Finding the Edge


It has been quite a while since I’ve raced. I have run at races, but I primarily showed up to survive the distance. I had no hope of placing, in the top three or even my age group. What I paid for was the t-shirt, medal, and support along the way to make sure there was something to eat and someone to drag me off the trail if I couldn’t cut it. Ever since my knee surgery, my races haven’t been about speed. They’ve been about surviving. A marathon. A marathon plus nine miles. A 50 miler.

For whatever reason as I recovered from surgery, I had lost whatever amount of speed I once had. So I adapted and did what felt good. I ran for a long time. It helped that I had a great support network of fellow runners who like to run long distance. They were there for me and we could pass the training miles together.

In October I got a new job that led me to move my family to Colorado. Finding anything like the running group I had been part of back home proved to be a difficult task. There are plenty of runners, but I just couldn’t find that perfect mix. Perhaps I was a little too picky, or little too crazy. I found myself running alone a lot. With the lack of oxygen near the mile-high city, running was even more difficult for a while. With all those factors in mind, I decided that maybe I should train for something shorter. Improve my speed, spend less time alone on the road, and let my body adapt to the environment. So I signed up for an online, semi-customized, group training program for the 1-mile distance. (www.milermethod.com)

The week the program started was full of irony. Through Strava I connected with a connected with a couple runners who were about my pace, met regularly, and met at a convenient time for my schedule (which is at the butt-crack of pre-dawn if you’re wondering). We’ve gotten together for a few runs when my schedule allows and it’s great to have the company and the accountability again.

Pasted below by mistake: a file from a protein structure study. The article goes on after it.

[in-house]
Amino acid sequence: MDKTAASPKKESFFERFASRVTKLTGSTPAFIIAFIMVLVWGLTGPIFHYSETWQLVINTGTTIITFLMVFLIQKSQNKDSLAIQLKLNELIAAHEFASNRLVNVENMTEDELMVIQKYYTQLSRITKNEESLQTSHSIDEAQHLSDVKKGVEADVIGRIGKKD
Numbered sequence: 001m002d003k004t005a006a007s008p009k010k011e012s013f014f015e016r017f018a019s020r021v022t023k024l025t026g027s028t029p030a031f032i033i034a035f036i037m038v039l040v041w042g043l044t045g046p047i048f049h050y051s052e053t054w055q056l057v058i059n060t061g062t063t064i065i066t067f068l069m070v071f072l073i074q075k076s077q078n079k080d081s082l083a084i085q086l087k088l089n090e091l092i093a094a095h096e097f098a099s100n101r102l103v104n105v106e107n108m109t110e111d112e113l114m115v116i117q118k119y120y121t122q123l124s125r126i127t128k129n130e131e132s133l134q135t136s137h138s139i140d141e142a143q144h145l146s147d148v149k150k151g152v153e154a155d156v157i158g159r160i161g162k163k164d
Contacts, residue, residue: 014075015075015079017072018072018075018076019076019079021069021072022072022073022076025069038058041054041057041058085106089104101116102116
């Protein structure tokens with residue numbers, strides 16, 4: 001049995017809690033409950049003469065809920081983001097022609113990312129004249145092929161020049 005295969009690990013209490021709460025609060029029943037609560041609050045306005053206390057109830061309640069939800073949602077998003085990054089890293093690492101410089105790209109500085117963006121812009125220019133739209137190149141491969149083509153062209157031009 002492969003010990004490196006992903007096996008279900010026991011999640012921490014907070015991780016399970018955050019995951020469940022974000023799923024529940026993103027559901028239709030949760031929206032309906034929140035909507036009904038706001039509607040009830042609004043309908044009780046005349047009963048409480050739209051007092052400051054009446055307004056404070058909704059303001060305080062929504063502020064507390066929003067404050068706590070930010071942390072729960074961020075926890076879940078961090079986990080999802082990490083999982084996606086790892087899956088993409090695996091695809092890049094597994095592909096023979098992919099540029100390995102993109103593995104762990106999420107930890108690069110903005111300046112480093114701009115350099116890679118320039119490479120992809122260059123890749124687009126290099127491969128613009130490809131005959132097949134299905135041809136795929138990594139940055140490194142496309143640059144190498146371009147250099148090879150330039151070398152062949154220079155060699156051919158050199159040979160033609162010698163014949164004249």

At the start of the training cycle, I had to go out for a 1-mile time trial to find my baseline and something to compare my final time with. The day it worked out for me to do that turned out to be 3 degrees Fahrenheit. I ran a slow 2-mile warm up. By the half way through the time trial, my breath was forming as ice on my mask, making breathing very difficult. I pulled the fabric down only to expose my skin to the blistering cold. 7 minutes and 31 seconds.

What I didn’t realize going into the training was just how much distance would be involved in training for the mile. With warm ups and cool downs peppered with track, tempo, and hill work, it all added up. Some weeks I still logged 35-40 miles. Some days when I was running easy or long I was able to meet up with the local runners.

That first day was the coldest of the training cycle, but I battled snow, ice, and rain. One day on the track there was only one clear lane. The rest were covered in ice. Once morning the weather app read 45 degrees. Overjoyed, I hurried out the door without my gloves. I ran down the trail along a creek bed where it was much colder. My fingers ached and swelled from the cold.  This last week of the training has been almost tropical in comparison with lows staying above freezing and highs setting records for the month.

This has been a fascinating and fun training cycle. The online, group coaching program I used integrated a partially customized program as well as an interactive online community aspect. The added camaraderie and accountability was a definite bonus.

The race is tomorrow. I have a similar feeling in my gut as I did when I last lined up to test my mettle at a 50 miler. I’ve put in the training and I’m ready to push the limits, to find my edge.  That, to me, is what racing is about. Whether it’s 13.1 or 50 miles or a single, short mile. They each have their own strategy, and the joy is in finding that edge, in fine tuning your effort and knowing that you showed up and left everything on the course. My chances of placing or medaling are still slim. I know my limits. But I’ve come to put those limits to the test.

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